Being serenaded by singing silverware is not necessarily how I like to spend a summer Sunday evening. But when I was invited to attend the final performance of Beauty and the Beast, I thought, Bring on the dancing cheese grater! A run of 5,510 performances and more than 13 years is certainly cause for celebration, and the closing of a long-running Broadway show is a historic event. Even ex–Disney honcho Michael Eisner was on hand at the Lunt-Fontanne Theater to see Belle (That’s So Raven star Anneliese van der Pol, pictured) and the Beast (Steve Blanchard, left) take one last waltz around the stage. (The next tenant at the Lunt-Fontanne, the screen-to-stage adaptation of Disney’s The Little Mermaid, begins previews Nov. 3.)
From the first notes of the overture, the atmosphere was electric. Every entrance got a hand. The introduction to the dinner-dance extravaganza “Be Our Guest” was drowned out by anticipatory applause, and the song’s ending earned a standing ovation. And my what a guy, that Gaston! Donny Osmond (pictured, right) — who recently did a well-received stint as the antler-loving muscle man — made a one-night-only comeback, and the crowd ate up every flex of his biceps and flash of his pearly whites. Once the fairy tale came to its happily-ever-after conclusion — Belle looking gorgeous in her 40-pound ball gown, the Beast-turned-Prince gazing lovingly into her eyes, former candelabra Lumiere fondling the French maid — and the cast enjoyed an overwhelming standing ovation, Blanchard brought out the creative team (including composer Alan Menken), introduced a few unsung company members, and took a couple good-natured jabs at costar Osmond. The cast, crew, and guests then made their way over to Cipriani on 42nd Street for a lavish buffet, dancing (you should have seen this crowd get down to “SexyBack”!), and a seemingly endless supply of champagne.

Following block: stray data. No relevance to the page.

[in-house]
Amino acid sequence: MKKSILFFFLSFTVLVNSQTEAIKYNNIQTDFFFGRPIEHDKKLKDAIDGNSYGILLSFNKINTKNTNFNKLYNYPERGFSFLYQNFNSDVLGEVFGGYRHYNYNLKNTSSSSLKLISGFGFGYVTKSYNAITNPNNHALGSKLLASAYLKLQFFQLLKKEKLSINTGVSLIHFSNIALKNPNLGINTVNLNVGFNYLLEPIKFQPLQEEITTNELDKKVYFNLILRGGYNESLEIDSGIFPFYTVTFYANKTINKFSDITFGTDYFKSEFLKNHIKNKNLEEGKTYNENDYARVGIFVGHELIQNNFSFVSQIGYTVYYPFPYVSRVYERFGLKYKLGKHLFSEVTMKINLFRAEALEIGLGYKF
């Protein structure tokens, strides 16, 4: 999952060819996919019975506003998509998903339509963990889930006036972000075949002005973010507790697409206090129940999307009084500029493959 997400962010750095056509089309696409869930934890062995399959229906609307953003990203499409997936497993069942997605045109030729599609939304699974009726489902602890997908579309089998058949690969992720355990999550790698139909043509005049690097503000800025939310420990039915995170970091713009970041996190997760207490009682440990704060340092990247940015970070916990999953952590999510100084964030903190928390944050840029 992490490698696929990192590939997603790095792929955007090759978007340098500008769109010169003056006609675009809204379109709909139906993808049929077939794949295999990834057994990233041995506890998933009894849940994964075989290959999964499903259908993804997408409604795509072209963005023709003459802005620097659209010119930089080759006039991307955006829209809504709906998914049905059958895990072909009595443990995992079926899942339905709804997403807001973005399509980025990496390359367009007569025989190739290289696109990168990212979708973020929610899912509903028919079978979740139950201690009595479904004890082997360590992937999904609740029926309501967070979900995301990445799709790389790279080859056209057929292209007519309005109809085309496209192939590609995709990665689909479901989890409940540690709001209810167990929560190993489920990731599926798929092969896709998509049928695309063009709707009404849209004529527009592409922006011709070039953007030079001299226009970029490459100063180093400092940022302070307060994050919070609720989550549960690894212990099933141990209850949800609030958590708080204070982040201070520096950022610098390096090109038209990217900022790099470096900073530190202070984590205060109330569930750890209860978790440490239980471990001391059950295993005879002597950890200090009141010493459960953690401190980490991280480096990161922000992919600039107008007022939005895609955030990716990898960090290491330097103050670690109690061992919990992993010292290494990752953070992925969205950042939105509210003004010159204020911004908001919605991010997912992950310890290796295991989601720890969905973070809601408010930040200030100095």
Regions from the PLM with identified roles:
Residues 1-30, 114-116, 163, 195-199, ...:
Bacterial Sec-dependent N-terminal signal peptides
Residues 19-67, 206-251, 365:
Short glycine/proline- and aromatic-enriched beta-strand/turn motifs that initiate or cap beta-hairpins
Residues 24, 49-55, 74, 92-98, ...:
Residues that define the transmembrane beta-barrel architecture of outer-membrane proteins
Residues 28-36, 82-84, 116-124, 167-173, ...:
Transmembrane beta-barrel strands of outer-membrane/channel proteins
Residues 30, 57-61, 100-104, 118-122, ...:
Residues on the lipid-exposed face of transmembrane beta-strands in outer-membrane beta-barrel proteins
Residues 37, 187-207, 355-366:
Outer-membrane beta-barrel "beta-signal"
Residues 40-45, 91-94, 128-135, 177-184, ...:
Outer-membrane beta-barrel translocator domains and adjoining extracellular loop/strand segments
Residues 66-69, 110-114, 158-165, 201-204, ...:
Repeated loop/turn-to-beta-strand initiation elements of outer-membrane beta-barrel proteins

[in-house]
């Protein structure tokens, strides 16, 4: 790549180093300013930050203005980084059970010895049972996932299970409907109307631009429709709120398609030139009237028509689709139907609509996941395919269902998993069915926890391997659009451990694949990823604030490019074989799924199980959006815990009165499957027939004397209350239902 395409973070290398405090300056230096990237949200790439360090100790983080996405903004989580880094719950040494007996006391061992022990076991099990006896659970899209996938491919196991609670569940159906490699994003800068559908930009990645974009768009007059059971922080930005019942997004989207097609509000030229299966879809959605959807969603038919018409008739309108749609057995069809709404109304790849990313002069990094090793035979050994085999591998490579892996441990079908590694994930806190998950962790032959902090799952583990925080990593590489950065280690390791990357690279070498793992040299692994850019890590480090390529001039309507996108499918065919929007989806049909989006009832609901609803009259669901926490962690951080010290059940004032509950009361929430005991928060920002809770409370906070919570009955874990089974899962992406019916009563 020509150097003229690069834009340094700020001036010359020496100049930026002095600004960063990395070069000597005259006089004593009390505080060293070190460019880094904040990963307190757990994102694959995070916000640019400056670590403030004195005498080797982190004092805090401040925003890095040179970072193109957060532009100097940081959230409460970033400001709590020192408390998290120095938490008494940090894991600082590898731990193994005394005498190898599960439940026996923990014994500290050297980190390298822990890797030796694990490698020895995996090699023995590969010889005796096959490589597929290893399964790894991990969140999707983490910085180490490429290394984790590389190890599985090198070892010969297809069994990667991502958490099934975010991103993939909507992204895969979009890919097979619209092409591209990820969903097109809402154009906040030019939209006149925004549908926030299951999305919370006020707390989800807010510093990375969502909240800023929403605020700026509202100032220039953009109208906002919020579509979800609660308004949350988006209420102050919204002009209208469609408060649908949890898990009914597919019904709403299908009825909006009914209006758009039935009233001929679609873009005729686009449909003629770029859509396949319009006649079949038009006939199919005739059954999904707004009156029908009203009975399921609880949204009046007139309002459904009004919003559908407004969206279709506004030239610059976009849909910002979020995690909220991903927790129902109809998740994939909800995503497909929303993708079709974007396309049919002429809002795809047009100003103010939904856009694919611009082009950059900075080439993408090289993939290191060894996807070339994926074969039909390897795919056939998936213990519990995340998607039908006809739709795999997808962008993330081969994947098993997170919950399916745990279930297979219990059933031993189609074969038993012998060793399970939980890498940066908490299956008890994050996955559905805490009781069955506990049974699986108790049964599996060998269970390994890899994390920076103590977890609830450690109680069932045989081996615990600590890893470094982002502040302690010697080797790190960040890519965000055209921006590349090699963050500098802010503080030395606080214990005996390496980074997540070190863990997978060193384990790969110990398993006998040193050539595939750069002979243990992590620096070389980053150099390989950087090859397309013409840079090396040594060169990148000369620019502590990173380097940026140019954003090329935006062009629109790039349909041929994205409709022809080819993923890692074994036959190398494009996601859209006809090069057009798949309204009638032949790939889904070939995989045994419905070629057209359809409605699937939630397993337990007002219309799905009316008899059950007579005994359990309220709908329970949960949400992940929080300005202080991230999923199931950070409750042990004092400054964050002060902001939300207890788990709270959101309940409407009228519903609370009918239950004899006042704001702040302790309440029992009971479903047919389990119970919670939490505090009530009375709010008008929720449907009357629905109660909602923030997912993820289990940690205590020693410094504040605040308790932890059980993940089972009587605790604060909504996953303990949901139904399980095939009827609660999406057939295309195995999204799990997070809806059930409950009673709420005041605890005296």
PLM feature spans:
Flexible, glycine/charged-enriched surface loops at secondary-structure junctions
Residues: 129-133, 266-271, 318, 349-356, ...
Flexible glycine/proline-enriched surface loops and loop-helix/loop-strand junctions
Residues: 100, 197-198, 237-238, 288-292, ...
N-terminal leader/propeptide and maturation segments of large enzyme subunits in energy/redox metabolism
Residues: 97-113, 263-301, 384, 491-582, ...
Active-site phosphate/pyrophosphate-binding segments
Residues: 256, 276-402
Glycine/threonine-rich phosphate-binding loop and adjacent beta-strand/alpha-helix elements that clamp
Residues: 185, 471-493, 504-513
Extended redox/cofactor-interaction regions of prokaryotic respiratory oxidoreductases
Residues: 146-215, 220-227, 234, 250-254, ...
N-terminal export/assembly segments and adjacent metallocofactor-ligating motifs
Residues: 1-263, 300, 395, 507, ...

The mood was wonderfully festive, but I can’t help but mourn the passing of this Broadway warhorse: It was Disney’s first foray into live theater — a move that truly changed the face of the Great White Way. It was the perfect first show for young theatergoers. And it even had enough charms to satisfy the 10-and-over crowd. After all, who among us can resist a dancing sugar bowl?